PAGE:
Being maybe one of a few in the hall who was observant, I refrained from asking any questions, in a way to lower my profile. Still, I was surfeit with questions. For by my own reckoning, most of the immigrants came because of the dire economic conditions in the now broken-up former USSR and not so much from a desire to live as Jews in Israel. And indeed, if to become Jewish, then why should the Olim want to be more Jewish than the majority of non-observant, secular Israelis? If lacking any desire to observe kashrut or Shabbat, could someone still be converted to Judaism? And what was the speaker suggesting, perhaps a mass sprinkling of holy water to absolve Israel’s collective conscience? In my opinion, the secular State of Israel, by bringing so many non-Jewish (non -Halachic) immigrants had little right to demand that the Religious Courts find a non-Halachic solution to such a vexing problem. The Olim would be equal citizens in a secular society and only if they truly wanted to be Jewish they would be allowed to convert.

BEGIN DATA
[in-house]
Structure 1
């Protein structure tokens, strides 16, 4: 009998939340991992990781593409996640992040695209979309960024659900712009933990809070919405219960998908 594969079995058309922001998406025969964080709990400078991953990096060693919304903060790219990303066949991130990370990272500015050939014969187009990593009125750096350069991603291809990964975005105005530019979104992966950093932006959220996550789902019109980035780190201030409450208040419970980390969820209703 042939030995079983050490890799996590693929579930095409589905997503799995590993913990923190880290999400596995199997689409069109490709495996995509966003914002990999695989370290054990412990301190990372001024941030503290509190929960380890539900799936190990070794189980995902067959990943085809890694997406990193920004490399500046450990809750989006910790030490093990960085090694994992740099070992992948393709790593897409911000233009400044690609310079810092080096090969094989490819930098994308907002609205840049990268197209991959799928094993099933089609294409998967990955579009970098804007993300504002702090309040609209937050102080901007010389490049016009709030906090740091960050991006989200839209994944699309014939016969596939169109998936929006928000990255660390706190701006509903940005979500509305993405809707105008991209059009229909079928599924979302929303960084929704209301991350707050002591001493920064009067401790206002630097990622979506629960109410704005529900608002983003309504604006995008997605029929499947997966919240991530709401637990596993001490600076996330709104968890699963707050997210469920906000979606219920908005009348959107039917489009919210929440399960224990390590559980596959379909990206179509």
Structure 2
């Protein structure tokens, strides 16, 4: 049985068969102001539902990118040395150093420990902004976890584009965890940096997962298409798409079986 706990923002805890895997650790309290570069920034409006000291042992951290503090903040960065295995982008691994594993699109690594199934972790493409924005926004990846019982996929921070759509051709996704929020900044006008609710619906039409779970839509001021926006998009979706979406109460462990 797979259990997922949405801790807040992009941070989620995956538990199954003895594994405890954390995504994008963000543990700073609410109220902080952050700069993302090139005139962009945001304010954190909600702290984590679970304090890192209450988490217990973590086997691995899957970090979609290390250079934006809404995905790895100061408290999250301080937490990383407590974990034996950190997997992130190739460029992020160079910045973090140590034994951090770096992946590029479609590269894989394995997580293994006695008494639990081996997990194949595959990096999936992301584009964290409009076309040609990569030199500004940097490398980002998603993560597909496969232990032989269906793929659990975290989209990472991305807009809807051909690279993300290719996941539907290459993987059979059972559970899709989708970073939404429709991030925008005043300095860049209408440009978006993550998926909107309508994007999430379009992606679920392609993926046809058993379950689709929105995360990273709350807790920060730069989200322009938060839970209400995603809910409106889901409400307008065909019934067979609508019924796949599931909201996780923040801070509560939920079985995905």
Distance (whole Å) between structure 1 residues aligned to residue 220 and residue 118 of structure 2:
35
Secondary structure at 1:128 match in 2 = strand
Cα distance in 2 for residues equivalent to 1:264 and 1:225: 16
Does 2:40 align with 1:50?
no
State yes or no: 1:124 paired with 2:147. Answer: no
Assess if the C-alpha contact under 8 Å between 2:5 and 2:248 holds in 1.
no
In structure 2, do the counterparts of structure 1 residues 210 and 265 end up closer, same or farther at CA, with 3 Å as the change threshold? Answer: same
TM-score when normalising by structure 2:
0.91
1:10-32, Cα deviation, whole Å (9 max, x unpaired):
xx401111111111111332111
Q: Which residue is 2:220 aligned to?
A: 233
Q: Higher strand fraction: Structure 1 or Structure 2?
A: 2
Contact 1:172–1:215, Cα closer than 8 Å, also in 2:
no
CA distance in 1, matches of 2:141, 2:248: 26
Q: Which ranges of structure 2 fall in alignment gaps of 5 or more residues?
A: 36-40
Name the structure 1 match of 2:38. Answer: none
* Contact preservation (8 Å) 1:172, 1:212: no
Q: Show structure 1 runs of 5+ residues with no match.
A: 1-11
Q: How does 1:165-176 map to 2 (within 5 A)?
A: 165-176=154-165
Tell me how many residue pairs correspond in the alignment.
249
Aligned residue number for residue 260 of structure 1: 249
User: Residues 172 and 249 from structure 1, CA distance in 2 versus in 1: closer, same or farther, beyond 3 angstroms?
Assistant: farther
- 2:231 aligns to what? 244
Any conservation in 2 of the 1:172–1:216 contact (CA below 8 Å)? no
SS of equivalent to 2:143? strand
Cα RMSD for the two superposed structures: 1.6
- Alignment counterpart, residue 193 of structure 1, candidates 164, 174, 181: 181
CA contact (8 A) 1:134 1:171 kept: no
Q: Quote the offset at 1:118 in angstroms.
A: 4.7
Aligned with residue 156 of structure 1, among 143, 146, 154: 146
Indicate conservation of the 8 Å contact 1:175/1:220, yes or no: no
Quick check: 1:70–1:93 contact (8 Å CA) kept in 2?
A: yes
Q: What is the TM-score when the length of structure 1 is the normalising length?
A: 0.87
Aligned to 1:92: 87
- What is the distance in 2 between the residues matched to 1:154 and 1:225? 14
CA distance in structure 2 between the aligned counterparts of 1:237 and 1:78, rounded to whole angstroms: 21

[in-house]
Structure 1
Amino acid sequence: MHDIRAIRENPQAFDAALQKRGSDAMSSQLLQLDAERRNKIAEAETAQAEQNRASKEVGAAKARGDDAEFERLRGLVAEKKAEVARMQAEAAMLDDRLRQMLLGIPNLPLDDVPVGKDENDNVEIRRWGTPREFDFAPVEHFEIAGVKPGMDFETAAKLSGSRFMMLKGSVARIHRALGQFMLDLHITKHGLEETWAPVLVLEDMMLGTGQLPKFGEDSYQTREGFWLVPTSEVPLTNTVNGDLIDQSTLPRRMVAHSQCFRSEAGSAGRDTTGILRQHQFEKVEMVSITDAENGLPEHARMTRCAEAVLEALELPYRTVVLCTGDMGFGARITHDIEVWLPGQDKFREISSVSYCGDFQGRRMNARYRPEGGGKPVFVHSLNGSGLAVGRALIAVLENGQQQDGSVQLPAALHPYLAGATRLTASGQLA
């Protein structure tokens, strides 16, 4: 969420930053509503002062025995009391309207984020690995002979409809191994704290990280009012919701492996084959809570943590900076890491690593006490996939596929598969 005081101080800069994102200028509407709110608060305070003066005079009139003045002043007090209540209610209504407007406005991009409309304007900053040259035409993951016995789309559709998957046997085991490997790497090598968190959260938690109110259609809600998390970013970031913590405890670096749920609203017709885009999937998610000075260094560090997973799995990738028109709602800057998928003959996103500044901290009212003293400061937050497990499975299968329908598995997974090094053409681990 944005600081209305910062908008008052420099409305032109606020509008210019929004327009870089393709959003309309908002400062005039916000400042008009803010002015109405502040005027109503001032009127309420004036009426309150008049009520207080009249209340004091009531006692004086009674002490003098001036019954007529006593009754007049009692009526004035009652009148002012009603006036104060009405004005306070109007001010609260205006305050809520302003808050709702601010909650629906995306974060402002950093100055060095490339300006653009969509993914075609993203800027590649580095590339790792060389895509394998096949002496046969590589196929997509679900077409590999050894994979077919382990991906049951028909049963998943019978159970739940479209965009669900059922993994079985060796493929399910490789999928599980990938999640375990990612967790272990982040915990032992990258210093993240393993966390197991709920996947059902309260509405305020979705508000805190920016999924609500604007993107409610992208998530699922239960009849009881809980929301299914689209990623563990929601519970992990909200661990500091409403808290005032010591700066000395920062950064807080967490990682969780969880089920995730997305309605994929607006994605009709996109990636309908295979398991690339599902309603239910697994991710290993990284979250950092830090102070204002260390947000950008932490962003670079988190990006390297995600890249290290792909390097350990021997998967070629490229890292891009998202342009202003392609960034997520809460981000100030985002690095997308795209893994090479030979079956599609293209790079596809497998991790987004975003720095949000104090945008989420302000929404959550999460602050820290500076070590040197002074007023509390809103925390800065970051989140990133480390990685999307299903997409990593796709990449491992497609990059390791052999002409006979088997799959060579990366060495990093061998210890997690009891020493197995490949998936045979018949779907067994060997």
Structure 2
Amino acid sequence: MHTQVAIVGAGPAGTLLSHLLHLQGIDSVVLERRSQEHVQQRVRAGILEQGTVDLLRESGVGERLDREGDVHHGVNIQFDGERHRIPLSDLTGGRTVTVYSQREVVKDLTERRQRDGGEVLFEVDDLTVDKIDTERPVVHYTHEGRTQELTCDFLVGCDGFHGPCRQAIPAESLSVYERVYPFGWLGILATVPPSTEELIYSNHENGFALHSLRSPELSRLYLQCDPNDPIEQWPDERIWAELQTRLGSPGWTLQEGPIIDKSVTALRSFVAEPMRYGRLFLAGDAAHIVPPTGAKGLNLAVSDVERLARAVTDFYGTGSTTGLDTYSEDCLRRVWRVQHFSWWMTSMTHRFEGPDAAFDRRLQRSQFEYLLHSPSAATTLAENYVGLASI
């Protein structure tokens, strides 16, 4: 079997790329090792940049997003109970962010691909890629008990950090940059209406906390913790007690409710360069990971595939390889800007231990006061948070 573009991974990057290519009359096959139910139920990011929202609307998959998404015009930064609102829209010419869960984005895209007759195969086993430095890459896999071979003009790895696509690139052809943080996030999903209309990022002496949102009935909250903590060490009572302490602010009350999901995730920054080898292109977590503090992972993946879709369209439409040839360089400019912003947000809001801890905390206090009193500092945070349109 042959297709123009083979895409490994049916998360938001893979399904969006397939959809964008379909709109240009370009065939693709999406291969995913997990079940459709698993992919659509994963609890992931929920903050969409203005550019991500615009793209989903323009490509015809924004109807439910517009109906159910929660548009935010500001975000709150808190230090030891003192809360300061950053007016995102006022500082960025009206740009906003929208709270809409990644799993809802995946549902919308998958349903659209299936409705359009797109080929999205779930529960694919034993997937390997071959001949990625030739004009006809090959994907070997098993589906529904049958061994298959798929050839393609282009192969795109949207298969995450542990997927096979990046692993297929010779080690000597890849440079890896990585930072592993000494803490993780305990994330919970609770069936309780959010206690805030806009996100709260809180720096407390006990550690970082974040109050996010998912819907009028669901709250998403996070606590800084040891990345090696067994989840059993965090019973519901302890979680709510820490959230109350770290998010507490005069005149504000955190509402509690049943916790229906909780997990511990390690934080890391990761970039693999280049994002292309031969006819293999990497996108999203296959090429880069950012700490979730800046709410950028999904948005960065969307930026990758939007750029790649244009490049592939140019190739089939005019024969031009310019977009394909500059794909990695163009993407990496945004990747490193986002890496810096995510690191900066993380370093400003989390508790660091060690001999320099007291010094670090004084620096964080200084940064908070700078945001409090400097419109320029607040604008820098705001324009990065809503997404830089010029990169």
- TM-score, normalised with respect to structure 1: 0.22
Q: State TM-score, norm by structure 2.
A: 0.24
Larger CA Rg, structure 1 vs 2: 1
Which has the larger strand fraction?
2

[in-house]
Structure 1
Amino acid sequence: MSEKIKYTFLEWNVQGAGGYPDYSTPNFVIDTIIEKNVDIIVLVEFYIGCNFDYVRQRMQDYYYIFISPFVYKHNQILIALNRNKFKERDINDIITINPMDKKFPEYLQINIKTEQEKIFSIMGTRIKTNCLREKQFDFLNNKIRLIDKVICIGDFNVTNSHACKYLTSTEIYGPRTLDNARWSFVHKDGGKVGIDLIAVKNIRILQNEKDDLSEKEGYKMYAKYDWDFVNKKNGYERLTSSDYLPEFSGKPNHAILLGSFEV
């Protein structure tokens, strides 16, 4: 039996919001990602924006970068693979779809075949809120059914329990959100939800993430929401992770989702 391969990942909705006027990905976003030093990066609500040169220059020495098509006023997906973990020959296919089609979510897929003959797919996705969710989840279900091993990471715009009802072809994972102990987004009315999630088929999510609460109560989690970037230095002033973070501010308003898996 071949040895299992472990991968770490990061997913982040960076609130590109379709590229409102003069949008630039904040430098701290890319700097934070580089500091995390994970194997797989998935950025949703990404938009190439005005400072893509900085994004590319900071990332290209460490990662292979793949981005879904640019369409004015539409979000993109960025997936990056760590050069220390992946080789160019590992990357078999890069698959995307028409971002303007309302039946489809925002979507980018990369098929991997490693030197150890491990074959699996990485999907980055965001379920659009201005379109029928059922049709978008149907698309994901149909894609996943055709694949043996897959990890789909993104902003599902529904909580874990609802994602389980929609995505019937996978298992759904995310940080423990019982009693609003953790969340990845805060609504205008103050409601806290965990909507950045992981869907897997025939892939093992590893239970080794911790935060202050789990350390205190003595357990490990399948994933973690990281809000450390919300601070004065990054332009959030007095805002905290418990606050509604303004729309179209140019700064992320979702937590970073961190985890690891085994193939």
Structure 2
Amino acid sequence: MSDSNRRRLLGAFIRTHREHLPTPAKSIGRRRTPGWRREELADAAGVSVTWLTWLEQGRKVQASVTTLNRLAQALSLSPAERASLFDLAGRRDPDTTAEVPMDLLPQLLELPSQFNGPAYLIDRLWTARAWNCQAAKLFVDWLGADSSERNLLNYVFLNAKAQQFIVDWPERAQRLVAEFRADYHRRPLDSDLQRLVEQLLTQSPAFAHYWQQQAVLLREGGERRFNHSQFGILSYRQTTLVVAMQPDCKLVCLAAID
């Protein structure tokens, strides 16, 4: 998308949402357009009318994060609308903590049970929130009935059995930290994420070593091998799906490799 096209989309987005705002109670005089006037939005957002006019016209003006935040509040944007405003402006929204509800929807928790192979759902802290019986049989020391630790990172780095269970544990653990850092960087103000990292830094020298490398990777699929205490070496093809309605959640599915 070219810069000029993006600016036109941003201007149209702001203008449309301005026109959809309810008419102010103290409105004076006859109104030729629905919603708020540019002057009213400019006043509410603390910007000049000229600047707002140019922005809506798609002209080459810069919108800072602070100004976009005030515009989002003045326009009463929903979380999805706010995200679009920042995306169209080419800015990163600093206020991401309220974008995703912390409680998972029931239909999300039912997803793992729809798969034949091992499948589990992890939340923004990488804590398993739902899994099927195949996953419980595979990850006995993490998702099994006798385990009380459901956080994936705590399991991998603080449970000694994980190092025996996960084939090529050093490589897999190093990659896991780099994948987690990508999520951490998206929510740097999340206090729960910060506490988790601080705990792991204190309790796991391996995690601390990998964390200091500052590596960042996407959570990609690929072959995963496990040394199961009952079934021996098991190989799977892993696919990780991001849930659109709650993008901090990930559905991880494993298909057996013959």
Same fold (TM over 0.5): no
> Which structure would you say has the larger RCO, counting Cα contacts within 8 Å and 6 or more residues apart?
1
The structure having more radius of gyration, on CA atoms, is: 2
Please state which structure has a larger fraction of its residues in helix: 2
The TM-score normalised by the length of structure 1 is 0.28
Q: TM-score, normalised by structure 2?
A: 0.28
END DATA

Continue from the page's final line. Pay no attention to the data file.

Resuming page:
Almost fifteen years have passed since then and the problem has not, and cannot, recede. Instead, Israeli society has progressively become more secular, and it is not uncommon to find, where there are large concentrations of secular Israelis, stores selling pork or non-kosher restaurants open on Shabbat. To cater to the large population of those Israelis “without a religion”, there is a growing demand to find solutions for civil marriage, civil burial, and public transportation on Shabbat.